From the beginning of The Brady Bunch, Reed was unhappy with his role of Mike Brady. He felt that acting in the often silly sitcom was beneath his serious Shakespearean training. Despite his discontent with the show, by most accounts, he genuinely liked his co-stars and was a beloved father figure to the younger cast members. In his efforts to bring more realism to the show, Reed often locked horns with the show's creator and executive producer, Sherwood Schwartz. Reed presented Schwartz with frequent, usually hand-written memorandums detailing why a certain character's motivation did not make sense, and/or why it was wrong for a certain episode to combine elements of different styles, such as farce and satire.
Each and every one of his Brady Bunch stars knew he was gay, despite seeing him in the company of young ladies. Nobody talked about the homosexuality issue, especially not Reed himself. By all accounts, he didn't have a long-term relationship with a man. His desire of keeping his homosexuality a secret had heightened the attention on the set of The Brady Bunch. In the 1970s, it was absolutely common for actors to keep their homosexuality a secret.
Reed was particularly appalled by "The Hair-Brained Scheme", the fifth season finale. He sent Schwartz a memo picking apart the episode, but Schwartz did not receive the memo promptly enough to change the show as Reed wanted. As a result, the disgusted Reed told Schwartz they'd have to do the episode without him, which they did, changing the shooting schedule and giving Mike Brady's lines to other characters. As a result Schwartz fired him from the series — which turned out not to make a difference because The Brady Bunch was canceled after that.
Reed reprised the role of Mike Brady in the variety show The Brady Bunch Hour, as well as The Brady Brides, several made-for-TV Brady movies, and another series that followed, The Bradys.
During the run of The Brady Bunch, Reed also had a recurring role as Lieutenant Adam Tobias on the television drama Mannix from 1967 to 1975.
After The Brady Bunch
After the end of The Brady Bunch in 1974, Reed acted on the stage and made many guest star appearances on other television shows and television movies, including Pray for the Wildcats and SST: Death Flight. He won critical acclaim for his portrayal of a doctor who wants to undergo a sex change operation in a two-part episode of Medical Center in 1975. Reed also appeared in The Boy in the Plastic Bubble, Rich Man, Poor Man and Roots. He also guest starred on Wonder Woman, playing the Falcon. Other notable guest appearances include: Hawaii Five-O, Charlie's Angels, Galactica 1980, Vega$, and Murder, She Wrote for at least three appearances. Reed played the regular role of Dr. Adam Rose on the critically acclaimed (though short-lived) hospital drama Nurse during the 1981–1982 television season.
His hobbies included animals, fishing, photography, traveling, Shakespearean poetry, swimming, collecting clothes, dining, cooking and gardening.
Reed was married to Marilyn Rosenberg (1954–1959). The couple had one daughter, Karen Rietz, who was born in 1956. Karen had a small role in an episode of The Brady Bunch entitled "The Slumber Caper".
Reed felt that his career required him to be secretive about his homosexuality. Nonetheless, most of the Brady Bunch cast members knew of his sexual orientation, and expressed outrage at the media's exploitation of it after his death, most notably Barry Williams.
At the end of the third year of The Brady Bunch in 1972, Reed took his own real-life family, his parents, along with their own on-screen Brady Bunch family to vacations in New York City and London, England. In New York, he introduced the young actors to Broadway, then, they headed on a cruise to England where his family and Brady Bunch co-stars visited most of Reed's spots.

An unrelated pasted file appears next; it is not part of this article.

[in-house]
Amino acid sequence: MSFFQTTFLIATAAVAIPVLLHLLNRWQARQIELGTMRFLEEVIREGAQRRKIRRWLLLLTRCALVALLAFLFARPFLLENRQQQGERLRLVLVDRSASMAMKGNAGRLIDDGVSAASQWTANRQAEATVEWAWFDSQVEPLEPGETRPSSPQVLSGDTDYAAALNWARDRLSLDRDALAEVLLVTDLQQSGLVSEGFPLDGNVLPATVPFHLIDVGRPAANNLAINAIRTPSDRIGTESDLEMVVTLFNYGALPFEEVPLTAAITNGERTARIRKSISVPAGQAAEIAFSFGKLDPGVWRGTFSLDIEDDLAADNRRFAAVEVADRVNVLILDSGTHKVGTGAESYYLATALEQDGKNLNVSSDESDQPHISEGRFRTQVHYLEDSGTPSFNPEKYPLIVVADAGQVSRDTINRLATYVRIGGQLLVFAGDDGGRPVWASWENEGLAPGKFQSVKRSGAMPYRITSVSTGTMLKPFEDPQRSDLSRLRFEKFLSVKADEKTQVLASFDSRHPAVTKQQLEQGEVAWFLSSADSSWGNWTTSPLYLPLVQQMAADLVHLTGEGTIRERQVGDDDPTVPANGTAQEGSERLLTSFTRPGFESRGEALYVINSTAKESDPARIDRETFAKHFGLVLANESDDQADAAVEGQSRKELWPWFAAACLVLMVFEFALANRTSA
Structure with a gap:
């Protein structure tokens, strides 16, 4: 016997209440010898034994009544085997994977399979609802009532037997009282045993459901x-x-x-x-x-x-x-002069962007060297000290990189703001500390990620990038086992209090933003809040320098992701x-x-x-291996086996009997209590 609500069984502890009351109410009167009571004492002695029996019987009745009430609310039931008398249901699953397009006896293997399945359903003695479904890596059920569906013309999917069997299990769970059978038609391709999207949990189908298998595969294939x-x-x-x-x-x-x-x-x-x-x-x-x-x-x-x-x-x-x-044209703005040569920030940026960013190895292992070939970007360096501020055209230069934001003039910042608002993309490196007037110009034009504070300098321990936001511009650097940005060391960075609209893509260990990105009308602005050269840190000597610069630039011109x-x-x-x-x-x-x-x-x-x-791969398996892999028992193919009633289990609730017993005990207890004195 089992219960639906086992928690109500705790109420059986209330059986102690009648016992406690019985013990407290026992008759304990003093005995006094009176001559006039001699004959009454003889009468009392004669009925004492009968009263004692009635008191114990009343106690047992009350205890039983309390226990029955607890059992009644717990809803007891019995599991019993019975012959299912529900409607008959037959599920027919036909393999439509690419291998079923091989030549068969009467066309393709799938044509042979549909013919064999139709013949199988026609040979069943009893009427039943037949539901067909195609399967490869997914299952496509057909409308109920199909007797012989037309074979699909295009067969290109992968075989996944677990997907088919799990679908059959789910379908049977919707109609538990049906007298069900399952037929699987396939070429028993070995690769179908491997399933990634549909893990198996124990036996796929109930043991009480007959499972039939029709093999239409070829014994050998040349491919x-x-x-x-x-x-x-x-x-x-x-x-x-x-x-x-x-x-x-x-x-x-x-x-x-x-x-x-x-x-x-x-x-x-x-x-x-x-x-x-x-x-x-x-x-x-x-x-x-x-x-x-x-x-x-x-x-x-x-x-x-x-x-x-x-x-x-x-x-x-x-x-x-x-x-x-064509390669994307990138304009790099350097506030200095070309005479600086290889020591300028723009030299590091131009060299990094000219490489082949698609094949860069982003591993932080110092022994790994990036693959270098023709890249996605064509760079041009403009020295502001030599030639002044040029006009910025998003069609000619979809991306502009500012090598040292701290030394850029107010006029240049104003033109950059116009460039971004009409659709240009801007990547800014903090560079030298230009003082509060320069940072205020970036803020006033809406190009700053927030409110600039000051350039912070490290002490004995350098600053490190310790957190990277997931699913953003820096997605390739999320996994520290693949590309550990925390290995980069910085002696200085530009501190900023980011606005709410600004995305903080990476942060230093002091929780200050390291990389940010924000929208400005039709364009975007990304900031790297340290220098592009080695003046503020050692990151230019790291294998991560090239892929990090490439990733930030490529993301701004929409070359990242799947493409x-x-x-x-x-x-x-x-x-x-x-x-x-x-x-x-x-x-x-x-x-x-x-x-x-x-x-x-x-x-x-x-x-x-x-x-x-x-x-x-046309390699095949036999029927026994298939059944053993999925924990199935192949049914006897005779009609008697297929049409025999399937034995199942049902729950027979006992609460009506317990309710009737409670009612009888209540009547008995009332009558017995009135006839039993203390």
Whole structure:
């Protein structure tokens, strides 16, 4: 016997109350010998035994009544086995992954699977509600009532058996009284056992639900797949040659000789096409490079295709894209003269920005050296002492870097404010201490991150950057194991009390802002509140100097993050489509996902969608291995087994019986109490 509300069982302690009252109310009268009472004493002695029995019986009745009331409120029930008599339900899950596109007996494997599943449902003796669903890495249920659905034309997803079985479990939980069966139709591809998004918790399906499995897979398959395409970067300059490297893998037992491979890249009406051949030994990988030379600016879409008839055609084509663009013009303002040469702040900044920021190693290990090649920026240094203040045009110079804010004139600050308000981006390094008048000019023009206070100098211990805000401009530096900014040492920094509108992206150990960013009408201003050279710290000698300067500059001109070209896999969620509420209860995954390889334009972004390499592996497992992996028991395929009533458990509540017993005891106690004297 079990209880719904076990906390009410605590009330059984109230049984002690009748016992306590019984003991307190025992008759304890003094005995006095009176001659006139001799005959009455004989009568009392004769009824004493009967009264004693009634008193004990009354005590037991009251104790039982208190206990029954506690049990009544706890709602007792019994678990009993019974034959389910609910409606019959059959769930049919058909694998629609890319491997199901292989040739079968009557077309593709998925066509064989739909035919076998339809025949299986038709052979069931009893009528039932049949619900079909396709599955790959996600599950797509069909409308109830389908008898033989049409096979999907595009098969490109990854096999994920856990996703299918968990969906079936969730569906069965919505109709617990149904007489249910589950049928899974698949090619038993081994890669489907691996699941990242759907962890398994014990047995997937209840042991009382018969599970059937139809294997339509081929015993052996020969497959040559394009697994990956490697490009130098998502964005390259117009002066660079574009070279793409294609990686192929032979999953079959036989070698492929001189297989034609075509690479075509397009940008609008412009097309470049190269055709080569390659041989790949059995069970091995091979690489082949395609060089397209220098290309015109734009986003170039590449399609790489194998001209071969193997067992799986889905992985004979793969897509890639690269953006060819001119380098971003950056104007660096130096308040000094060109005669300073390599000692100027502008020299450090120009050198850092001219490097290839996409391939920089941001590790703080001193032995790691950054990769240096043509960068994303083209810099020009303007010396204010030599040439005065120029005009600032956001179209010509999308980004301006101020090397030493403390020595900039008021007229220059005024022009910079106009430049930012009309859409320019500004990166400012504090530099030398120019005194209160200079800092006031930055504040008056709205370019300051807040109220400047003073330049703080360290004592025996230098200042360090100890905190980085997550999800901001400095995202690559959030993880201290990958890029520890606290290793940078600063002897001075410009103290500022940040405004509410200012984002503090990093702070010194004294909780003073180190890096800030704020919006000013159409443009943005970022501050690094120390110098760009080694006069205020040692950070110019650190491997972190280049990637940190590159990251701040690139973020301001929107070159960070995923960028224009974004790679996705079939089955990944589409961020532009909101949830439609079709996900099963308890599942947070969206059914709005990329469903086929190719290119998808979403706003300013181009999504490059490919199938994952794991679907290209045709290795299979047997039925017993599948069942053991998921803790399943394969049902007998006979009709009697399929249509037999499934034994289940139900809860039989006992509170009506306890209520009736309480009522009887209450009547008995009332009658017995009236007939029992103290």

His co-stars were each given cameras that were purchased by him, to take pictures of all the exciting things. He enjoyed a lot of time spending with his on-screen kids, when he rarely had the time to spend with his real-life daughter, Karen.
But years after the divorce, Marilyn moved back to Chicago, where she got remarried. He even allowed Karen to be adopted by her stepfather.
He purchased a home in Pasadena, California, with the money he made from The Brady Bunch, and invited his parents to live with him.
His father, John Rietz, Sr., died in 1975; his mother continued to live with her son, despite her husband's death, where she served as a hostess. The two got along well with each other. Just before his death, when Reed's relationship with his mother diminished, she moved back to Oklahoma.
Reed was very close friends with actress Anne Haney, best known for her portrayal of social worker Mrs. Sellner in Mrs. Doubtfire and on the sitcom Mama's Family as Alberta Mitchem. She was the one who informed his daughter of his homosexuality and his battle with AIDS. She often got his HIV medication for him under a pseudonym to protect his private life.
Reed died on 12 May 1992, in Pasadena, California, after a six month battle with colon cancer and lymphoma; he tested HIV positive the previous year, but did not have AIDS at the time of his death as has been reported in the media. He was cremated and his ashes are interred in Memorial Park Cemetery, Skokie, Illinois next to his grandparents, Harvey and Elizabeth Rietz, and an uncle who died in childhood.
Joined by many mourners at a private memorial were the cast of The Brady Bunch, and his best friends Anne Haney and E.G. Marshall. Both his mother, Helen and daughter, Karen, refused to attend his memorial.
- In one of his final interviews, Reed revealed that he actually detested The Brady Bunch and that his role as Mike Brady embarrassed him.
- In 1985, Reed sold the house on South Arroyo St. in Pasadena, California and bought a Spanish-style house on Stoneridge Ave.
- When Reed became ill, the fact that he'd had a stage name allowed him some privacy in his treatment. His prescriptions were filled under his real name Rietz, and the media never knew.
- Reed confided in Florence Henderson about his feud with his own mother, just several months before his death.
- His acting mentor was E.G. Marshall.
- The epitaph on Reed's tombstone reads: "Good Night, Sweet Prince." This quote is taken from the final line of William Shakespeare's play Hamlet.
- A year before his death, Reed was a college teacher.
- ↑ "Robert Reed, Actor Who Gained Fame As Patriarch Of `The Brady Bunch'". seattletimes.nwsource.com. 1992-05-14. http://community.seattletimes.nwsource.com/archive/?date=19920514&slug=1491720. Retrieved 12 November 2012.
- ↑ Folkart, Burt A.: "Robert Reed, TV's 'Brady Bunch' Dad, Dies at 59". The Daytona Beach News-Journal. May 14, 1992. "."
- ↑ Wilson, Earl: "Robert Reed: He's Just an Okie, But He Reeks of Chic--Cattle and All". The St. Petersburg Times. September 18, 1963.